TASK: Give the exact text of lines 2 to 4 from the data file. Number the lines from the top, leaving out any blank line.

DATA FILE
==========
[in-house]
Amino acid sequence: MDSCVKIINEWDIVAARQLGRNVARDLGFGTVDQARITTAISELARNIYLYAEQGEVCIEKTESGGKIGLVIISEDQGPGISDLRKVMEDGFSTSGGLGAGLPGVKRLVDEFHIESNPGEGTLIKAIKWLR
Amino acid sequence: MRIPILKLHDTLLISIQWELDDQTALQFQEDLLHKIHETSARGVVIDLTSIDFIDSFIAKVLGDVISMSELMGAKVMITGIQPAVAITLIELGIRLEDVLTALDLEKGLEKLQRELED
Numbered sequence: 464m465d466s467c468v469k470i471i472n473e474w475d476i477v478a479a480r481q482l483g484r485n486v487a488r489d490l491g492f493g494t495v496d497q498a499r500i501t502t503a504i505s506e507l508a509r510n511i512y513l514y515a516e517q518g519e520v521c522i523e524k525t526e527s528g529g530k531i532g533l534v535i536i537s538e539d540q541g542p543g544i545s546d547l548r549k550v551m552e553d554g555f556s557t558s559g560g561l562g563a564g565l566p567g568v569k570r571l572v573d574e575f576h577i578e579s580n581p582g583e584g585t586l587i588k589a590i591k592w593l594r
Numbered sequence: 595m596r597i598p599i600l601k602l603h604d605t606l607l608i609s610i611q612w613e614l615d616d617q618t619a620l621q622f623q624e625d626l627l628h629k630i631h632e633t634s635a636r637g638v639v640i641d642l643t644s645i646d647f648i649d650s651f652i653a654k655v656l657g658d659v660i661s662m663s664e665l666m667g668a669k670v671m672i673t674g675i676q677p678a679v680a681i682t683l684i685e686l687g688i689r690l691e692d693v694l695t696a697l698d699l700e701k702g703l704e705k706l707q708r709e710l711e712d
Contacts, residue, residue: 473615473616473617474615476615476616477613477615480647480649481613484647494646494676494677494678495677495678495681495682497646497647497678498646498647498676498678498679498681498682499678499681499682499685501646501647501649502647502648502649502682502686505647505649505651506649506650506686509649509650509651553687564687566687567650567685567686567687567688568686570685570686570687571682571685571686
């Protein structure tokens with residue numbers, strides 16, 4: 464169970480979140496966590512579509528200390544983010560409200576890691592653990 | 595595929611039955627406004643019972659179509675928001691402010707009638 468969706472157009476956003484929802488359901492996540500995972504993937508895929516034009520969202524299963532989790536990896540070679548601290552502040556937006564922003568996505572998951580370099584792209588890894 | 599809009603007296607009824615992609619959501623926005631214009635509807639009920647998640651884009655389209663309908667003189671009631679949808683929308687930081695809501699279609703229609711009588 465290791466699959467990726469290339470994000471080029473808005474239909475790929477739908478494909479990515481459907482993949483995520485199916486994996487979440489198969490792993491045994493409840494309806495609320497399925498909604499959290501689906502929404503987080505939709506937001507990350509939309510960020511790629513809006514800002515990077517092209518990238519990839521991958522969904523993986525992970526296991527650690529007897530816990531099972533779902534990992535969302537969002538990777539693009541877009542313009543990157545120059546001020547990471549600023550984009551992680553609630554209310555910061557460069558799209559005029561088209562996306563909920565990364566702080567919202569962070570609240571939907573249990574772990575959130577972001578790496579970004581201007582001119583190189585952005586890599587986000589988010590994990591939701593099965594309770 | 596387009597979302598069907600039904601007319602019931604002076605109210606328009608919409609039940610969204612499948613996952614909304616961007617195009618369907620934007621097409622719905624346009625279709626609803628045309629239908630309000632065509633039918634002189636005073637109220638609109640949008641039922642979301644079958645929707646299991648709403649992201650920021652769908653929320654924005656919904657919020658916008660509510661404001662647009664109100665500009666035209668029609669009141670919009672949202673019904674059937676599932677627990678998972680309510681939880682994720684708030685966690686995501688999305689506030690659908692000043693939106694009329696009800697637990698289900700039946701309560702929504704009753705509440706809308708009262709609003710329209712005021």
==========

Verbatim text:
Amino acid sequence: MDSCVKIINEWDIVAARQLGRNVARDLGFGTVDQARITTAISELARNIYLYAEQGEVCIEKTESGGKIGLVIISEDQGPGISDLRKVMEDGFSTSGGLGAGLPGVKRLVDEFHIESNPGEGTLIKAIKWLR
Amino acid sequence: MRIPILKLHDTLLISIQWELDDQTALQFQEDLLHKIHETSARGVVIDLTSIDFIDSFIAKVLGDVISMSELMGAKVMITGIQPAVAITLIELGIRLEDVLTALDLEKGLEKLQRELED
Numbered sequence: 464m465d466s467c468v469k470i471i472n473e474w475d476i477v478a479a480r481q482l483g484r485n486v487a488r489d490l491g492f493g494t495v496d497q498a499r500i501t502t503a504i505s506e507l508a509r510n511i512y513l514y515a516e517q518g519e520v521c522i523e524k525t526e527s528g529g530k531i532g533l534v535i536i537s538e539d540q541g542p543g544i545s546d547l548r549k550v551m552e553d554g555f556s557t558s559g560g561l562g563a564g565l566p567g568v569k570r571l572v573d574e575f576h577i578e579s580n581p582g583e584g585t586l587i588k589a590i591k592w593l594r